Error parsing XSLT file: \xslt\FacebookOpenGraph.xslt CCTV law could see driving fines double
Cookies on Businesscar

We use cookies to ensure that we give you the best experience on our website. If you continue without changing your settings, we will assume that you are happy to receive all cookies on the Business Car website. However, if you would like to, you can change your cookies at any time

BusinessCar magazine website email Awards mobile

The start point for the best source of fleet information

CCTV law could see driving fines double

Date: 07 February 2008   |   Author: Tom Webster

cctv camera

Fleet managers' admin burden for handling drivers' fines looks set to double with the introduction of new legislation allowing councils across England to use CCTV to ticket driving infringements.

Changes under the Traffic Management Act will see authorities outside of London from 31 March being allowed to issue tickets on the back of CCTV footage alone. Previously only traffic wardens and police could issue tickets outside London.

This could see the amount of parking fines issued by local authorities double if they follow the trend in London - the only area currently allowed to use CCTV for driver penalties.

The fears come after GE Fleet Services released new figures detailing the fines issued to its fleet in the past year. The majority come from London authorities - six out of the top 10 issuing bodies are based in the capital.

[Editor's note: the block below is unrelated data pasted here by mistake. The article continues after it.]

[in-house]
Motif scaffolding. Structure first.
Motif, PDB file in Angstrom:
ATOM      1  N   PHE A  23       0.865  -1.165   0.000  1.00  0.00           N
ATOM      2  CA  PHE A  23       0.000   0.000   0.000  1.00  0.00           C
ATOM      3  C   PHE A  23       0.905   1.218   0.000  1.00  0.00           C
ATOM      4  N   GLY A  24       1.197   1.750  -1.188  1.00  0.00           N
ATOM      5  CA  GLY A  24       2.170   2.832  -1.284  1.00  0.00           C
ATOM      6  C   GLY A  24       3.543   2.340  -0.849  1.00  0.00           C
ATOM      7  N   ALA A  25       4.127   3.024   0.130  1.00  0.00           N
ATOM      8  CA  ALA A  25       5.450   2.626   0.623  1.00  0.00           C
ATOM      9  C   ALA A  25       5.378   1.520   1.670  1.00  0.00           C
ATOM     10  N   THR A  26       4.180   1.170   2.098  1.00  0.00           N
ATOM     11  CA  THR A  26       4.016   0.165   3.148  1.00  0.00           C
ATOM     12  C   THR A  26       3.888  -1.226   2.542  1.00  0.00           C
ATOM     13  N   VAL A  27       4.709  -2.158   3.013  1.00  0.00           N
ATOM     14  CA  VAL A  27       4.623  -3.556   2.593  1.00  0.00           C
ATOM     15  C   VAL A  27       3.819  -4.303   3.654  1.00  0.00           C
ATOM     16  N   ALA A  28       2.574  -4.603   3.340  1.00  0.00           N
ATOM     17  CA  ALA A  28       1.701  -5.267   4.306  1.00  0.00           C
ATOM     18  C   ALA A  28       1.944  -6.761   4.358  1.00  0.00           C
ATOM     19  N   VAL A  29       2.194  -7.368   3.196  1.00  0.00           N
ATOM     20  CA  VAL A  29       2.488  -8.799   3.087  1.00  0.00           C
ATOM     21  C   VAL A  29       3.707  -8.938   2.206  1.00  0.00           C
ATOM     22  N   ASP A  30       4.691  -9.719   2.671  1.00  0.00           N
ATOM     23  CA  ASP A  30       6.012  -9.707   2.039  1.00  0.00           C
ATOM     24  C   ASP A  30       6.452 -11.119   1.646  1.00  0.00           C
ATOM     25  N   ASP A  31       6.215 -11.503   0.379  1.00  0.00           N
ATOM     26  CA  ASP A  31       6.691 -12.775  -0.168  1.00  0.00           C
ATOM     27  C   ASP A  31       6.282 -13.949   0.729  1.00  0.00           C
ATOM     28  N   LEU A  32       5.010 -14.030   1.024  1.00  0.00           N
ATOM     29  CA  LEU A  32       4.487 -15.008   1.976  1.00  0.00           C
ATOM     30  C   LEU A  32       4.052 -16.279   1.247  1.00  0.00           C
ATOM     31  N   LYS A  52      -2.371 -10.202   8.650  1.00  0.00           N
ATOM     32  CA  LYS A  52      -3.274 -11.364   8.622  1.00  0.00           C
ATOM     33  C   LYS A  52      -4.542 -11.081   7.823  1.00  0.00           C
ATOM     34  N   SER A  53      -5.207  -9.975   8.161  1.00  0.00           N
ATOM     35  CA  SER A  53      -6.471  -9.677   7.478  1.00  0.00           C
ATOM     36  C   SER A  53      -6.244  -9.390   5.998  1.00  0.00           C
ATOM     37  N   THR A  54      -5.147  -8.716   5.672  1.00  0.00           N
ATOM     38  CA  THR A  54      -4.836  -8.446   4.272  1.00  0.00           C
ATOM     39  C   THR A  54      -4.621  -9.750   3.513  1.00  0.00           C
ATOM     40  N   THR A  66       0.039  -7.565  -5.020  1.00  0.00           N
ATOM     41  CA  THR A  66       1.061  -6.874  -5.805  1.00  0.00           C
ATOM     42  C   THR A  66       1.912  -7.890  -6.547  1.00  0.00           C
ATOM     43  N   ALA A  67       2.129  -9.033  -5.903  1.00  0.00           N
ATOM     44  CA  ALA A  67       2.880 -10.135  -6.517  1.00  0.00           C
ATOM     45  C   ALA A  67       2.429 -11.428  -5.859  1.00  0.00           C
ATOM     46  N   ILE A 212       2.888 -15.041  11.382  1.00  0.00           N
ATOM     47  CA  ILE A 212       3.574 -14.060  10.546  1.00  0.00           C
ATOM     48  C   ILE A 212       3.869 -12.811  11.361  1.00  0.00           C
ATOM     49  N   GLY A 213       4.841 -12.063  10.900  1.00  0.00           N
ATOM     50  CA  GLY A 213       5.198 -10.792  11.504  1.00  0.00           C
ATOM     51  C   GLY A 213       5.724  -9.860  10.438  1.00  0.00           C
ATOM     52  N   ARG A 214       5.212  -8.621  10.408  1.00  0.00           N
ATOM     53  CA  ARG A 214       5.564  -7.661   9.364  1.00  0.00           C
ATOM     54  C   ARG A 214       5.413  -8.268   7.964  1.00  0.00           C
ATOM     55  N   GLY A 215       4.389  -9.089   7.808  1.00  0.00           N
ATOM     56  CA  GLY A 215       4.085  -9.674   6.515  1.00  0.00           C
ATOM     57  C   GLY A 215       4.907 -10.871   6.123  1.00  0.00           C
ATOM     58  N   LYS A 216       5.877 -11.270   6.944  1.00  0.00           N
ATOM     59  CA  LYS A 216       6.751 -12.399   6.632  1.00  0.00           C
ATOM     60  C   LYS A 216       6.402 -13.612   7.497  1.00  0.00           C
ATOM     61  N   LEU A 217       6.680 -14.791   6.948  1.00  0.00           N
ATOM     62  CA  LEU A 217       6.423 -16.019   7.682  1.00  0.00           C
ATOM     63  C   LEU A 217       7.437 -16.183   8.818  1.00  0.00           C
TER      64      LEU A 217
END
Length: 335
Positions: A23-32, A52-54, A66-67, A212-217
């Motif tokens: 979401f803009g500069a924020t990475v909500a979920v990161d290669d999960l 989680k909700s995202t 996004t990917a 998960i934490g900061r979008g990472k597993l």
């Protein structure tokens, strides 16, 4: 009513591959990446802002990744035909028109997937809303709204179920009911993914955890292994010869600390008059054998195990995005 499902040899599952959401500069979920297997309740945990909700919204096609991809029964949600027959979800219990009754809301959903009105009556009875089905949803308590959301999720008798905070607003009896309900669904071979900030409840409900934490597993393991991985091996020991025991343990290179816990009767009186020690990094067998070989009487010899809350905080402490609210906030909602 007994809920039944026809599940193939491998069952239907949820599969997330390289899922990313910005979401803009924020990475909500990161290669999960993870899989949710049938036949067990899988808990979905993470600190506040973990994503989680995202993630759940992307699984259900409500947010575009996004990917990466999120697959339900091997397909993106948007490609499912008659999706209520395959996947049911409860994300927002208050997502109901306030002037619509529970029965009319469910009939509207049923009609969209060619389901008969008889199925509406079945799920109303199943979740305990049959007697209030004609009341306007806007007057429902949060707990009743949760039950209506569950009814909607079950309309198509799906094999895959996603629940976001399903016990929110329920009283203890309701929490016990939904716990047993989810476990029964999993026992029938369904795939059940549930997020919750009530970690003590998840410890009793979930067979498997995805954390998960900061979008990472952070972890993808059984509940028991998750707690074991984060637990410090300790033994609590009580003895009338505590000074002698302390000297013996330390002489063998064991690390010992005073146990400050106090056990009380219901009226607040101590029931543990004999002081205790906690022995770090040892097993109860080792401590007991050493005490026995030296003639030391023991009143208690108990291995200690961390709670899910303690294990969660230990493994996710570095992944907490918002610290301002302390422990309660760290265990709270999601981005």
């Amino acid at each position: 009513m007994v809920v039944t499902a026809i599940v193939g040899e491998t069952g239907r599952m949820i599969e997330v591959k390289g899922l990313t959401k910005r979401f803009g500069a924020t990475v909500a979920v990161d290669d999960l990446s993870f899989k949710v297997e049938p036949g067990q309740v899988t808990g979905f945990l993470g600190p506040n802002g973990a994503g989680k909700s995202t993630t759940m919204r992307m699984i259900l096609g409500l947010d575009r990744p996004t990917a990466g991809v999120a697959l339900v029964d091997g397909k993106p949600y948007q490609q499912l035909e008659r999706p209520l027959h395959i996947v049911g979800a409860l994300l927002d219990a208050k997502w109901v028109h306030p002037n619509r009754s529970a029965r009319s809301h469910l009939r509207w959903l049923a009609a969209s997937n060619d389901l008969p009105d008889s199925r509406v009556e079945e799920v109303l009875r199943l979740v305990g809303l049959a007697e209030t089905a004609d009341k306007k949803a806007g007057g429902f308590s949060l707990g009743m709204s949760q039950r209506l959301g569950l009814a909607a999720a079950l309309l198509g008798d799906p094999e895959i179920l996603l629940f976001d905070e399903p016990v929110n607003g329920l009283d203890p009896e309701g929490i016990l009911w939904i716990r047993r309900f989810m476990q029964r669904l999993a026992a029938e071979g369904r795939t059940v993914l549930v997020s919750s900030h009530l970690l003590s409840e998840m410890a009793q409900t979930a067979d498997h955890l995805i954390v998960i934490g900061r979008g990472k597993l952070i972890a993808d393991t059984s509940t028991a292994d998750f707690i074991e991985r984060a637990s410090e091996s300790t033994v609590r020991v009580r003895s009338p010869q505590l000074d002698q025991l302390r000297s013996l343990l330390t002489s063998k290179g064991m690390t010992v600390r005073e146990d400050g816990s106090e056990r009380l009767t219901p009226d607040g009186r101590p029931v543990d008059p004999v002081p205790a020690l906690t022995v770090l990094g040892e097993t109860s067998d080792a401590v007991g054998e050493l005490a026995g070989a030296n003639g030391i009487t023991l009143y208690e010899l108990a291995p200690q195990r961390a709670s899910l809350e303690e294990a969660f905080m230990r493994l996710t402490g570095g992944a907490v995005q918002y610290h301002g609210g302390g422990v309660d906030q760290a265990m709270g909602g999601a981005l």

The AA's president Edmund King backed the fears: "Our concern with camera enforcement is that it shows no degree of flexibility. We have already seen fines increase over the last 10 years. Obviously.the level of fines could well increase."

GE Fleet Services figures showed the highest non-London authority is Gwent in Wales, down in sixth place with 354 fines issued. Congestion charging London and Transport for London occupy the top two slots with 3510 and 526 fines respectively.

"We would recommend that people appeal against the fines as the majority of appeals are accepted," advised King. "The more people that dispute the fines, the more pressure is put on the local authorities to get the system right."

This could pose a problem for fleet managers however, as the time and financial cost incurred by the increased amount of appeals may mean the processis not worthwhile.